The salinity tolerance of A. merus has been noted at least since 1936 (Gebert, 1936; Mackay, 1938). While others have studied the effects of salinity on survival in this species (Mosha and Mutero, 1982; Coetzee and Le Sueur, 1988), this is the first study to fully model and compare the dose–mortality response to salinity among A. merus, its freshwater siblings A. gambiae, A. coluzziiand F1 A. coluzzii–A. merus hybrids using a defined chemical (NaCl). Importantly, our data suggest that QTL mapping of the saltwater tolerance trait in A. merus is tractable. At 50% salinity, there is a discrete difference in survival between the obligate freshwater species A. coluzzii and its sibling species A. merus – all A. coluzzii die within 24 h of exposure, and A. merus survive at levels indistinguishable from those of cohorts reared at lowered salinities. The fact that 50% salinity also kills all A. coluzzii–A. merus F1 hybrids within 24 h of exposure, taken together with their intermediate tolerance phenotype (Fig. 5), implies that survival at 50% salinity requires both A. merus alleles at multiple loci. In an F1 backcross to A. merus, we expect that backcross progeny exposed to 50% salinity without the requisite complement of homozygous A. merus alleles will die within 24 h, while those surviving beyond this point carry the homozygous genotypes necessary for salt tolerance, as this is a non-leaky phenotype. Accordingly, this study has laid the foundation to identify the specific genetic and physiological mechanisms underlying saltwater tolerance.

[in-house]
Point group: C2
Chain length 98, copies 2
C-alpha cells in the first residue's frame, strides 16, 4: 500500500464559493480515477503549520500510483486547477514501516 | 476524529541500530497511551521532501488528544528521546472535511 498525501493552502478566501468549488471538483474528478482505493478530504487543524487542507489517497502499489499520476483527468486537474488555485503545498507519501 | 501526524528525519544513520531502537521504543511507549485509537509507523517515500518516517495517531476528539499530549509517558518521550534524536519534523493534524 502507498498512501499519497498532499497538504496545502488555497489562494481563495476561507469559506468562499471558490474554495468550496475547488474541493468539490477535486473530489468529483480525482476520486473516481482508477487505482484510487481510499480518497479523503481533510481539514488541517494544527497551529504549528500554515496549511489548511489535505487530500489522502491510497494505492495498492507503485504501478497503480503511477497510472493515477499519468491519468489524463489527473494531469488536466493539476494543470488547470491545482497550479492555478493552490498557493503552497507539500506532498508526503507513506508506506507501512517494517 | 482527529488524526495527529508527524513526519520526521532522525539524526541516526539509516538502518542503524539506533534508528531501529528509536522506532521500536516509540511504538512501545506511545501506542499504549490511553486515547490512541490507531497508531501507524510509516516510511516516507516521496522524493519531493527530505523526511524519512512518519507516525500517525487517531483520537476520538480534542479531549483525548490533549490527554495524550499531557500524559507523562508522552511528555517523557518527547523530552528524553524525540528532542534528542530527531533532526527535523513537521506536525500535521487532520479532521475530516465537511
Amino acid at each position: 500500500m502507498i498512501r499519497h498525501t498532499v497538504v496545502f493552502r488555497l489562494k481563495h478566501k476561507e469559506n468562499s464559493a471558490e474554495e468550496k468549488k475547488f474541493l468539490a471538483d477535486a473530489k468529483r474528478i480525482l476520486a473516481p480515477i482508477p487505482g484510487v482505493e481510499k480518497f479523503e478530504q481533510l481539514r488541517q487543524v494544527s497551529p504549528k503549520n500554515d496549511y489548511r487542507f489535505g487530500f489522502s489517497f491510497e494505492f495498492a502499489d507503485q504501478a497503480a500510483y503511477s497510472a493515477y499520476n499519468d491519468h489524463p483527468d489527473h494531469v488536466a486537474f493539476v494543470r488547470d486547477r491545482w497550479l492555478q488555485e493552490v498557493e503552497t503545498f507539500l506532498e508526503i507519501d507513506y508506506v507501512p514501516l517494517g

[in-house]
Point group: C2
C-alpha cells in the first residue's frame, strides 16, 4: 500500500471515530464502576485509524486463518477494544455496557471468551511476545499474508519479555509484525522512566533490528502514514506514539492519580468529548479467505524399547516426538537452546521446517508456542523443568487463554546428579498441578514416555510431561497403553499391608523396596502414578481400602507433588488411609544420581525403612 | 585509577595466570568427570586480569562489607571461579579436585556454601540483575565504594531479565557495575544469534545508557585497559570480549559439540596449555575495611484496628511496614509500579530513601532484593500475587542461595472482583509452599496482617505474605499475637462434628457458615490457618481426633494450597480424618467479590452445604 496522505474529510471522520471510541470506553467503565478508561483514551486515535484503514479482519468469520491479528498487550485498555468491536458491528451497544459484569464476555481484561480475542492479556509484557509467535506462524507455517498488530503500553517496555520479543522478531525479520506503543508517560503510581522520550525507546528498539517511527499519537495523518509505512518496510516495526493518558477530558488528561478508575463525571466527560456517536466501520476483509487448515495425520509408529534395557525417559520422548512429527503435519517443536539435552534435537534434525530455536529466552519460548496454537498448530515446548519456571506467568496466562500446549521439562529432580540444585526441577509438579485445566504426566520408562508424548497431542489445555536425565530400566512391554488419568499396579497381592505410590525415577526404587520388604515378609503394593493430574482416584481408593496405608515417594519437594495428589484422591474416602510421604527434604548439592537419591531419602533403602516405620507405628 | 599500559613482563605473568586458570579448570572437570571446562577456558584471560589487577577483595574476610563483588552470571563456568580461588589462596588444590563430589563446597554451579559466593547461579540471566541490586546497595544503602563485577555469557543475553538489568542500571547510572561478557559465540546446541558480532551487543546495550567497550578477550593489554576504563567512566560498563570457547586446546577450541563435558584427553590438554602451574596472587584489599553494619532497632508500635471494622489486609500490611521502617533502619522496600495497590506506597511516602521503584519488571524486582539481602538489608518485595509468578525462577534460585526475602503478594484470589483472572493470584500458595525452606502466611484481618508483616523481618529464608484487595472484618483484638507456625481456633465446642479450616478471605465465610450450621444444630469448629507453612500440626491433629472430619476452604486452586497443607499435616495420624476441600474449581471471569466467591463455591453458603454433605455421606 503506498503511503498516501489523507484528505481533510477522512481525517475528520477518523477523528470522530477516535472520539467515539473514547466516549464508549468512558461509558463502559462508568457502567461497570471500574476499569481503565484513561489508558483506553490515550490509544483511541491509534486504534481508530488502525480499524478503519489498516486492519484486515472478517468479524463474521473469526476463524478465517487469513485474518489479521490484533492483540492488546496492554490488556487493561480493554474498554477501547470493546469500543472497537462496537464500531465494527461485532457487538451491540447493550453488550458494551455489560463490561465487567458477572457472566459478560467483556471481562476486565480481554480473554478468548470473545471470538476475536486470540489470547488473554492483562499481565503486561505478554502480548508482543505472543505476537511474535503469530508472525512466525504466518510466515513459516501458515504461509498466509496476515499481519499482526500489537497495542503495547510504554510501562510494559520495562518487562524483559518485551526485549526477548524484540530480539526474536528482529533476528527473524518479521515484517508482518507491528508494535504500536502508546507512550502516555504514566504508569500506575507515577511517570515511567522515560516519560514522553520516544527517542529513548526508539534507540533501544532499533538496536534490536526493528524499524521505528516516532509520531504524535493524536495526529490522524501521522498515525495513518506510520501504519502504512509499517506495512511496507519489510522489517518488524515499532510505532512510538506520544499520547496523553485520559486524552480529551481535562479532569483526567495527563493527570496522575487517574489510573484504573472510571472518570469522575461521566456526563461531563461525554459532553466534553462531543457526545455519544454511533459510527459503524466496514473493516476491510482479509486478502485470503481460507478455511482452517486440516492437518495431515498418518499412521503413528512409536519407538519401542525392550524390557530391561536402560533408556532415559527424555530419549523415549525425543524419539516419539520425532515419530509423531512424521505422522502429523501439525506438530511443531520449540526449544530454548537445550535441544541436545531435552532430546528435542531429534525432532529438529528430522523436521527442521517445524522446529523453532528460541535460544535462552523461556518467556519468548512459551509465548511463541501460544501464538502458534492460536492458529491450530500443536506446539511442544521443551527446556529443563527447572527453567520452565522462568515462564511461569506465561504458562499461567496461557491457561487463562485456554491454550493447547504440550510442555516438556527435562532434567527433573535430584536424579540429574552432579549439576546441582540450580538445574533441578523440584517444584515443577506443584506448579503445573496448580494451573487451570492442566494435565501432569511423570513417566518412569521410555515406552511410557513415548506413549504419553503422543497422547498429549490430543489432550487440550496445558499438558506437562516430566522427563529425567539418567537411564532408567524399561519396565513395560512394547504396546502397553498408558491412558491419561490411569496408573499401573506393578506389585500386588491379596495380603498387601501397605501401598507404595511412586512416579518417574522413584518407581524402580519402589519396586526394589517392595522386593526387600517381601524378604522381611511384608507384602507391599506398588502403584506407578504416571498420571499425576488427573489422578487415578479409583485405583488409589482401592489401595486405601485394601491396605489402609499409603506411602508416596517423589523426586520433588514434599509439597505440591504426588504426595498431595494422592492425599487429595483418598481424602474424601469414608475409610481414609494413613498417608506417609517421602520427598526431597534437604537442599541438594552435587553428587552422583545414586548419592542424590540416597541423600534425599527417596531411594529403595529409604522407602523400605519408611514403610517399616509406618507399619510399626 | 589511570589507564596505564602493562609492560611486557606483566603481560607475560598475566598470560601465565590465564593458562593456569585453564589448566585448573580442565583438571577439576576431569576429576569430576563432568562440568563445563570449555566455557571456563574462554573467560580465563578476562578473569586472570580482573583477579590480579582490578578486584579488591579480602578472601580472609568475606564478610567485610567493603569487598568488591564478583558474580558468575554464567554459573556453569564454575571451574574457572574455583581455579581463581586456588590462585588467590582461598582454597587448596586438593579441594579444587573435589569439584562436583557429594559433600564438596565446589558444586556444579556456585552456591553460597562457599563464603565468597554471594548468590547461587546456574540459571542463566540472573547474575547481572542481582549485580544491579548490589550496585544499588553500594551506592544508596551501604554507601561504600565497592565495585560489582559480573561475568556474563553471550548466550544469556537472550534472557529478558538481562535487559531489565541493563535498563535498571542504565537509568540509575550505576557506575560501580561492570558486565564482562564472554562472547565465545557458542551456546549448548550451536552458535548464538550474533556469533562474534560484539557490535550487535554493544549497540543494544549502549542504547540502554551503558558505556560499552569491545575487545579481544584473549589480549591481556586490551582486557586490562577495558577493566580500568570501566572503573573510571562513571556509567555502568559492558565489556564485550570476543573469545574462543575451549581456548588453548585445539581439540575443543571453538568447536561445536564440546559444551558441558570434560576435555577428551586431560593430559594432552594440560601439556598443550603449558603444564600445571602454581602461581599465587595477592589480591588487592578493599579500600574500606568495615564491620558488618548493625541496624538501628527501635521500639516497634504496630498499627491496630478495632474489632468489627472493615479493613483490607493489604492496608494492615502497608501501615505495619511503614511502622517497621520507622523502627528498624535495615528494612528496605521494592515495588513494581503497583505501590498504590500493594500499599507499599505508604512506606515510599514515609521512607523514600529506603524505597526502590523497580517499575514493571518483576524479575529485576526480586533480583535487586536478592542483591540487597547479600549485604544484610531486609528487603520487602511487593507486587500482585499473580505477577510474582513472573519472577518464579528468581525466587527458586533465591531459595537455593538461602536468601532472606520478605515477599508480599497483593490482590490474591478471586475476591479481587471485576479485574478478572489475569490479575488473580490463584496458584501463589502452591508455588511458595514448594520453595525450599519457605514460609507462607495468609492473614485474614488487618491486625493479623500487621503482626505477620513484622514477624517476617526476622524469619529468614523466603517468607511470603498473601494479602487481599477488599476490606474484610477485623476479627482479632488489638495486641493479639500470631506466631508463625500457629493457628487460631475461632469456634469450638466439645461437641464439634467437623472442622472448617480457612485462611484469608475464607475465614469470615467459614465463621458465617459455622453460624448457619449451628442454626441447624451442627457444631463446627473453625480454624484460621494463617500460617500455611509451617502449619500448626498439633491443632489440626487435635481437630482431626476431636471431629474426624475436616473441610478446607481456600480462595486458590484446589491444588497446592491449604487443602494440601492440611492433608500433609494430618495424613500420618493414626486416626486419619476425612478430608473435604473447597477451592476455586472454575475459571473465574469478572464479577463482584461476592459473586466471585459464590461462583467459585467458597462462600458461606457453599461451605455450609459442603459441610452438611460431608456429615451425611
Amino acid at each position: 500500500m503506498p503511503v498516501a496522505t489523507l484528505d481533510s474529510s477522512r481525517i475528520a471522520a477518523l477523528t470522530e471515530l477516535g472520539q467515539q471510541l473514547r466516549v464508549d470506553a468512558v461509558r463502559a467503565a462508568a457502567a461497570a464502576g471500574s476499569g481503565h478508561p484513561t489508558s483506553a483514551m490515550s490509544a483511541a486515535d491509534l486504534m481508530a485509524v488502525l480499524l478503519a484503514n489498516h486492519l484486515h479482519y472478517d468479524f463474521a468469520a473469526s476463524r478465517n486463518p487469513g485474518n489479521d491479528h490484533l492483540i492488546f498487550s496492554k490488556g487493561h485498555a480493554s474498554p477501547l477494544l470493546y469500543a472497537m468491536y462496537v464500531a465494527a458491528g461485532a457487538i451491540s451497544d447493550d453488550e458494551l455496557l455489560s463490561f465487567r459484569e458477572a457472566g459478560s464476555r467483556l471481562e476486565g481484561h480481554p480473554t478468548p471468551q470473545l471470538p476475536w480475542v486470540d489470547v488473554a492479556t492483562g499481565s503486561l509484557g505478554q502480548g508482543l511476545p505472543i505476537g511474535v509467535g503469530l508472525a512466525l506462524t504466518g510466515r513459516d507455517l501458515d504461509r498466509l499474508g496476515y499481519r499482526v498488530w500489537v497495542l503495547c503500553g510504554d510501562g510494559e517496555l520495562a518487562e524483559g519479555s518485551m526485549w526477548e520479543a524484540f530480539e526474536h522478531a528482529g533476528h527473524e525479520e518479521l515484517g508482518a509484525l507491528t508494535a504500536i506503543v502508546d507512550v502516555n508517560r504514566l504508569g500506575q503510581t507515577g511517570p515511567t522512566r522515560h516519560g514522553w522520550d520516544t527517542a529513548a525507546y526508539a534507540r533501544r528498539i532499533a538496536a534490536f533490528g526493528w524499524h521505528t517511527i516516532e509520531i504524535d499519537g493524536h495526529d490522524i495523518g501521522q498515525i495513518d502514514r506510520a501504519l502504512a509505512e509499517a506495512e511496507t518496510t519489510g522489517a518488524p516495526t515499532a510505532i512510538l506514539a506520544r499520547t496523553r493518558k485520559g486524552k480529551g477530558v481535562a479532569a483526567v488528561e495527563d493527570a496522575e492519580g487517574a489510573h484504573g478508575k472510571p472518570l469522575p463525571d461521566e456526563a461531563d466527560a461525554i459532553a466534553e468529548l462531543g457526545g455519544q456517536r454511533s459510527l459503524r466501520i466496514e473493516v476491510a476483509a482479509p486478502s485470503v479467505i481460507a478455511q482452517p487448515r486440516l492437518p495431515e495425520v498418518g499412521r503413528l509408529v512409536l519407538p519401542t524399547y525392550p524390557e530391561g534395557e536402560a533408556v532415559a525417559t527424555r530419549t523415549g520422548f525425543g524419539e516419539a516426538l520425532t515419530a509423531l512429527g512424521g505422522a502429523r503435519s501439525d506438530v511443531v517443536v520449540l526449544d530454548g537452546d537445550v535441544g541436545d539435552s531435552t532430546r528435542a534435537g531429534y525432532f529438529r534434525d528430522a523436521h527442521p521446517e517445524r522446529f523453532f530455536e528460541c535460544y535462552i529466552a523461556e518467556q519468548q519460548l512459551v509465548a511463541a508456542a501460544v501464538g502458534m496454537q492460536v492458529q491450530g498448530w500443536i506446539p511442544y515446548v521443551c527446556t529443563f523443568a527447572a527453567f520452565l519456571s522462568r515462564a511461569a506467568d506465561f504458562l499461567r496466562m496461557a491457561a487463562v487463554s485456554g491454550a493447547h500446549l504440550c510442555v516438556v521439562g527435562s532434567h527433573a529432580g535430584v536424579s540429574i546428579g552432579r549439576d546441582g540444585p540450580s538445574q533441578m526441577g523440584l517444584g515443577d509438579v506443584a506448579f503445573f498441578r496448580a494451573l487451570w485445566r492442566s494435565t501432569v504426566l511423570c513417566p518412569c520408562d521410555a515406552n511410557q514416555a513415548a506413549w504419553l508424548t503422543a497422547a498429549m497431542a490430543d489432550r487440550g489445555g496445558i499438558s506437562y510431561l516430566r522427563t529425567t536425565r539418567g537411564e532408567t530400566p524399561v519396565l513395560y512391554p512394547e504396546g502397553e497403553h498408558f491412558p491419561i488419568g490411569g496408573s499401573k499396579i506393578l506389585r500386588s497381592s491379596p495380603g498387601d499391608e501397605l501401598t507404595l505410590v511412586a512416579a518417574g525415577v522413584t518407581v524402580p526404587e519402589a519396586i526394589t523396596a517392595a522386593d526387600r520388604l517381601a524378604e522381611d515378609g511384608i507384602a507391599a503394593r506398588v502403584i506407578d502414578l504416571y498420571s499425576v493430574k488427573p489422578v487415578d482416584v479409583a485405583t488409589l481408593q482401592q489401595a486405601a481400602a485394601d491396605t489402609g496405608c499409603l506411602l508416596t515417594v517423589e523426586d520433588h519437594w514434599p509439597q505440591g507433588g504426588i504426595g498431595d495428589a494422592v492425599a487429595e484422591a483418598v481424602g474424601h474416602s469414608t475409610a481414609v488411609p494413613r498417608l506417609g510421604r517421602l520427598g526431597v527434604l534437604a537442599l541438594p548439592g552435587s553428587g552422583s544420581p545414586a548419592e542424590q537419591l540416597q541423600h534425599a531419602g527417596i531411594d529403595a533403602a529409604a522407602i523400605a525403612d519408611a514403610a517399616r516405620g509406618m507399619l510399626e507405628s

We thank Marcy Kern for assistance with bioassays, Matthew Daugherty and Sean Prager for advice on statistical analysis, and Maureen Coetzee, Carlo Costantini, and Paul Howell for providing mosquito eggs.
This work was funded in part by National Institutes of Health grants [National Institute of Allergy and Infectious Diseases (NIAID) AI101459 to N.J.B., NIAID AI045098 to P.J.L.] and the University of California (to B.J.W.). P.N.K. was funded by the Center for Undergraduate Scholarly Engagement and the College of Science, University of Notre Dame. Deposited in PMC for release after 12 months.
No competing interests declared.